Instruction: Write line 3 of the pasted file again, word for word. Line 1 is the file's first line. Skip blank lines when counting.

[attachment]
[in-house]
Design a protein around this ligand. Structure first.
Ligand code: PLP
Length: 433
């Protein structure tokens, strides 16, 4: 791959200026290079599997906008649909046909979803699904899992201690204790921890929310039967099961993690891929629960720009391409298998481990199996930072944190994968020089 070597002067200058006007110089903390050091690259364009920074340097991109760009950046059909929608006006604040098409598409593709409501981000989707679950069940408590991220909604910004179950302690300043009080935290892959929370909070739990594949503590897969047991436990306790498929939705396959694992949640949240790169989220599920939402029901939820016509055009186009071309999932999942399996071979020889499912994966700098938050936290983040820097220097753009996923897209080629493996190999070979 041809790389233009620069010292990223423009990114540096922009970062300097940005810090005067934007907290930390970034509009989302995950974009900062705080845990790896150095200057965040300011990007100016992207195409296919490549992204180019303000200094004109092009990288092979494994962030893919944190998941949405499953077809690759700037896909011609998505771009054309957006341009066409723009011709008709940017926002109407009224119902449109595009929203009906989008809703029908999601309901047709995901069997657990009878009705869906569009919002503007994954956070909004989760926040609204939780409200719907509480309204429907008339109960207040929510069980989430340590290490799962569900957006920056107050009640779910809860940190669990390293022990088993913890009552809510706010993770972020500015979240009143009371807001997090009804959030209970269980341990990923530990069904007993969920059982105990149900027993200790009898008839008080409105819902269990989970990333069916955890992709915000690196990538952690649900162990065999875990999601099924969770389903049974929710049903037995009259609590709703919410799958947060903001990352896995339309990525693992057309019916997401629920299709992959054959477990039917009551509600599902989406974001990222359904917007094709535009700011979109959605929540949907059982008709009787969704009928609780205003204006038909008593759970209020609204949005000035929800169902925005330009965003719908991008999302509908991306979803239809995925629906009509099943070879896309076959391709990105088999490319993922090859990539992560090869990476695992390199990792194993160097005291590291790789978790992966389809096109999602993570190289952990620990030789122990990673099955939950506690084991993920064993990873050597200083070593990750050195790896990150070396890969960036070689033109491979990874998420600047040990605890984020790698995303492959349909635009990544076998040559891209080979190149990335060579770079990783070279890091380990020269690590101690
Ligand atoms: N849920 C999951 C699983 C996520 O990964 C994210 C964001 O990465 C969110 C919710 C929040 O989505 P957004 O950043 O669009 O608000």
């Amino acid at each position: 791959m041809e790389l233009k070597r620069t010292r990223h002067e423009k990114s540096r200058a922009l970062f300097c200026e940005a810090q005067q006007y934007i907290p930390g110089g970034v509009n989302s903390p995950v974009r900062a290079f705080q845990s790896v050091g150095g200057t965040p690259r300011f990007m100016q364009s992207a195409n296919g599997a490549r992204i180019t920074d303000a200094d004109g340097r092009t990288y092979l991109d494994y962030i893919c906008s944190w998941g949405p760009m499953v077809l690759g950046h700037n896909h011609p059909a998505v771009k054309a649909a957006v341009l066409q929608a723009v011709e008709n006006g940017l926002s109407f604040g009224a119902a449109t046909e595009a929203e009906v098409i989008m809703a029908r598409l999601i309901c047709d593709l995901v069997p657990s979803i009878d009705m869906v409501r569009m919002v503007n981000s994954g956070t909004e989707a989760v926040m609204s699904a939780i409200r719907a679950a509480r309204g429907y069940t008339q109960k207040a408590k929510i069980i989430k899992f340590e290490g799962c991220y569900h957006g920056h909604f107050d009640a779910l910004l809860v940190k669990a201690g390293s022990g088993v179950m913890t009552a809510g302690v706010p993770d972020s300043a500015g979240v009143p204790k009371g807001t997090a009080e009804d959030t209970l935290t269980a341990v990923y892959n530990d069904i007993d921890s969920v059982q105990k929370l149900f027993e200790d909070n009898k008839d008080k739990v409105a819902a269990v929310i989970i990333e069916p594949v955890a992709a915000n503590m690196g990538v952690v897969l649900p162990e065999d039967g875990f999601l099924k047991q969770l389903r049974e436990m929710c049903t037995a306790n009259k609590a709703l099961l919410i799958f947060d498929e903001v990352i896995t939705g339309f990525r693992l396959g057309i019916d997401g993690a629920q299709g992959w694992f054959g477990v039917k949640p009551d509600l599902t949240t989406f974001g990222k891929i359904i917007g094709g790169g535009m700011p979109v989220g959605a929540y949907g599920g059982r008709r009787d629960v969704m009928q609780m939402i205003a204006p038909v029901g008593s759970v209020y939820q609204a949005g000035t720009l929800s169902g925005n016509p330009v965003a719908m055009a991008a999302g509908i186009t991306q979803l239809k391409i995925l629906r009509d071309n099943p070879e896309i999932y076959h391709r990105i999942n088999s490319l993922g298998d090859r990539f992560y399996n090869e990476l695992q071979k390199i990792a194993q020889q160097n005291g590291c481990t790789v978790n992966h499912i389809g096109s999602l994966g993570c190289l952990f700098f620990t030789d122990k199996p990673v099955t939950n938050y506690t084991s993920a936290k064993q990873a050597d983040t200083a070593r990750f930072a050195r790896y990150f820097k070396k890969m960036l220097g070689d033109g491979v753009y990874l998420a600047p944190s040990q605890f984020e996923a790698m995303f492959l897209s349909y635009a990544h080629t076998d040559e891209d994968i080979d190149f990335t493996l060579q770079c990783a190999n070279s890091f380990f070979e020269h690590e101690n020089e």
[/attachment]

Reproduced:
Ligand code: PLP